Condensed matter physics, originally called solid-state physics, involves the properties of bulk substances, such as a lump of silicon, as opposed to those of individual atoms. The field has blossomed in the last two decades with the advent of new materials with special properties, such as better photovoltaic cells and ever smaller memories for computers.
But the field was created by researchers like Seitz.
In the early 1930s, while he was a graduate student at Princeton University, Seitz and his mentor Eugene P. Wigner were the first to calculate the physical properties of bulk sodium based on the known properties of sodium ions.
Their technique, known as the Wigner-Seitz method, was later used by other researchers to calculate the energies of the so-called band gaps that electrons jump over to conduct a current in semiconductors — the basis of the transistor — and is considered the catalyst for the formation of solid-state physics in the United States.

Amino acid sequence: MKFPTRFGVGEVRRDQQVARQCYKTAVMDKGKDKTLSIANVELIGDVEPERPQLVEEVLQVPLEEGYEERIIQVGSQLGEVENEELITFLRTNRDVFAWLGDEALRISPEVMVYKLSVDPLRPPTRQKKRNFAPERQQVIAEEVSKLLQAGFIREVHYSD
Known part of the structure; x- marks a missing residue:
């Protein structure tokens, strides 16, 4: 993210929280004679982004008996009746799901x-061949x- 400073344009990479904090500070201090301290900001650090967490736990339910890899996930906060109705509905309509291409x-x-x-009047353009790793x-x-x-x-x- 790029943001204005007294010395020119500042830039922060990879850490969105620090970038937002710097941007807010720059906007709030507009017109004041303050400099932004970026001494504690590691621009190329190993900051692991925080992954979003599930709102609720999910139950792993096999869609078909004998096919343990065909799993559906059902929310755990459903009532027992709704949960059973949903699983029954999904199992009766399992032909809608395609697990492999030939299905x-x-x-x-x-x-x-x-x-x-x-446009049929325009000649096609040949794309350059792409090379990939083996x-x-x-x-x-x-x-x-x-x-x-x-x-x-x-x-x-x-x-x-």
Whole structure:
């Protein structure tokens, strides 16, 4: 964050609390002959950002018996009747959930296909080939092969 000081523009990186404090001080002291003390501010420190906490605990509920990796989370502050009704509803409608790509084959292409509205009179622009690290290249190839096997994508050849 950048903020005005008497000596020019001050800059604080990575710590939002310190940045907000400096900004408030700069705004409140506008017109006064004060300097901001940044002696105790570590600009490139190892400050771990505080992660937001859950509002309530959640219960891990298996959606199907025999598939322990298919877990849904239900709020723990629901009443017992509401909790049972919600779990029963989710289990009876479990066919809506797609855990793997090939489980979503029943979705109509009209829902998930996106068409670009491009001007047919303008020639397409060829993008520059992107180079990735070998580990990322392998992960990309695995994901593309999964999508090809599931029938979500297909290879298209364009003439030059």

In 1940, Seitz published the seminal text “The Modern Theory of Solids,” which was the bible of the field for many years, according to Cohen.
Seitz’s subsequent research involved the theory and properties of crystals and the diffusion of atoms into crystalline structures.